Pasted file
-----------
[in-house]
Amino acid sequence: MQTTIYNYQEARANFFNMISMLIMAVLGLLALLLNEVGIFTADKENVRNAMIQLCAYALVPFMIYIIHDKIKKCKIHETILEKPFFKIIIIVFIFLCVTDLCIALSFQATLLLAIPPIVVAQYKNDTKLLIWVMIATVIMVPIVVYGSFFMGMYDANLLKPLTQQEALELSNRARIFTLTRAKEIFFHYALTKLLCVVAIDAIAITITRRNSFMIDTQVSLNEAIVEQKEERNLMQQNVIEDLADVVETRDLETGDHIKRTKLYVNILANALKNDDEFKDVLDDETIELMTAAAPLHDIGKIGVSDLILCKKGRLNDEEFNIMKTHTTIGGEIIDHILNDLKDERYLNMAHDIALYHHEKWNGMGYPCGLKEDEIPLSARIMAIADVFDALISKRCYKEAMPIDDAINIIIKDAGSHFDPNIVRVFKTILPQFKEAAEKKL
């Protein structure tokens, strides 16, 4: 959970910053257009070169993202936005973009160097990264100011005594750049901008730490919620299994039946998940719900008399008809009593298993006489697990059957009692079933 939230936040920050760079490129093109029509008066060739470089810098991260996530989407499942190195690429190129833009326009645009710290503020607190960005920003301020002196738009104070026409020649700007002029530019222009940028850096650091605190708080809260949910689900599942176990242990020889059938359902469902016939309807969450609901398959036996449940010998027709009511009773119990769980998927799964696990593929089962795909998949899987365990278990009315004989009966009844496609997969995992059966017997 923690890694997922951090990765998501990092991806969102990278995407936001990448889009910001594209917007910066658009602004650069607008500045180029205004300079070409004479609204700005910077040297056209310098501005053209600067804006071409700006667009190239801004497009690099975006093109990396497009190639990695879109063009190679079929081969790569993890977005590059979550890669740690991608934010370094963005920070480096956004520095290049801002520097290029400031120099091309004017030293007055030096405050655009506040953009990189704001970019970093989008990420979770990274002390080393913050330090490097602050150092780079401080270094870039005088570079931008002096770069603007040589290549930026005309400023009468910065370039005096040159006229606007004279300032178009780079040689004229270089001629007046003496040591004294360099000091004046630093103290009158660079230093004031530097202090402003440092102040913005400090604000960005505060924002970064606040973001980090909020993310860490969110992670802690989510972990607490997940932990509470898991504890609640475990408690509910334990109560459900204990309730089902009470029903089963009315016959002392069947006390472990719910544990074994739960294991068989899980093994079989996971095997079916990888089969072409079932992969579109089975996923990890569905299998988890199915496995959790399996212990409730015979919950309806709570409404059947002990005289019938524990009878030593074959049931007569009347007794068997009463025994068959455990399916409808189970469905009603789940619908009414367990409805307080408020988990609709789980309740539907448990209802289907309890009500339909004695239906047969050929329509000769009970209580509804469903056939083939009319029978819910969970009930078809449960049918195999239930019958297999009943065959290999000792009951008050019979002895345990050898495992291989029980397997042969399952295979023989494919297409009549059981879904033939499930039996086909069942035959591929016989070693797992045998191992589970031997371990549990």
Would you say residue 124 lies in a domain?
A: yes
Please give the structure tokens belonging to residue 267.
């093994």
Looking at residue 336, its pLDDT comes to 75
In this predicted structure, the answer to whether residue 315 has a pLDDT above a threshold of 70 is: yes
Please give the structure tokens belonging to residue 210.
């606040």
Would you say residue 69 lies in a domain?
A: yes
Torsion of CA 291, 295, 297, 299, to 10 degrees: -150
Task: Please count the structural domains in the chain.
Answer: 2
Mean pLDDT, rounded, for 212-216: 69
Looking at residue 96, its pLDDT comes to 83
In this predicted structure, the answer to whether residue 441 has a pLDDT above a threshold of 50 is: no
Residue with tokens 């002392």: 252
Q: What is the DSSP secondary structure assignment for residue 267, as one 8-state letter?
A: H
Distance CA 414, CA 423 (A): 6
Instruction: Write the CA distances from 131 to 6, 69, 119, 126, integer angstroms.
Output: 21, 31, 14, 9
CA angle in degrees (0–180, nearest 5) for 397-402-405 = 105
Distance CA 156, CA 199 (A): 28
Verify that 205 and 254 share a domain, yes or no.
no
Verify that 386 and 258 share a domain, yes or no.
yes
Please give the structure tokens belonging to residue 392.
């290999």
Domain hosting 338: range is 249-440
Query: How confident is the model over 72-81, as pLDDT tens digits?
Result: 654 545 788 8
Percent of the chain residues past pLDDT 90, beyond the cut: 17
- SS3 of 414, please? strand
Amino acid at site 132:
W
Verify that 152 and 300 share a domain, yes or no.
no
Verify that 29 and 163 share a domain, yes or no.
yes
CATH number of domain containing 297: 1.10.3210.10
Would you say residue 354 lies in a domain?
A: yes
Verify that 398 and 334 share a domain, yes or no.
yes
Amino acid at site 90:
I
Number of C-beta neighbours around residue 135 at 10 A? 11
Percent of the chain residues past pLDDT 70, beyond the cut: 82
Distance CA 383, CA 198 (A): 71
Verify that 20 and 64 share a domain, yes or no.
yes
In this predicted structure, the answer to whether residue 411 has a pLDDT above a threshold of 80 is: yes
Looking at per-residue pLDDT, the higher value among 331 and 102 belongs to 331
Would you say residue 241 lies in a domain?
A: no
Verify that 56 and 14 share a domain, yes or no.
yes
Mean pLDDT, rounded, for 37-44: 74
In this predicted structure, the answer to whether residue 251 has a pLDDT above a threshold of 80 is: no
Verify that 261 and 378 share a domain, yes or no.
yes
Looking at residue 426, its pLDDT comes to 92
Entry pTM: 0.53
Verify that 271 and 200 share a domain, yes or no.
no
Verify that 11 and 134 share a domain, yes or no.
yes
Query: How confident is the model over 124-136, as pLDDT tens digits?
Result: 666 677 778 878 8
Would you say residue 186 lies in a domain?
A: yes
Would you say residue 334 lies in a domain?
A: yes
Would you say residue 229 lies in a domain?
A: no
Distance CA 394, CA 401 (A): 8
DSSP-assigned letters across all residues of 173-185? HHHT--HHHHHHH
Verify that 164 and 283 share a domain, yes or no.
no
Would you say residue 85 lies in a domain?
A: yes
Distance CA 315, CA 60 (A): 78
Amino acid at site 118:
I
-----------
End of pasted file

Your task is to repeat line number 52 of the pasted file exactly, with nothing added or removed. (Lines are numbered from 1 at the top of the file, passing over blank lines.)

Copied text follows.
Number of C-beta neighbours around residue 135 at 10 A? 11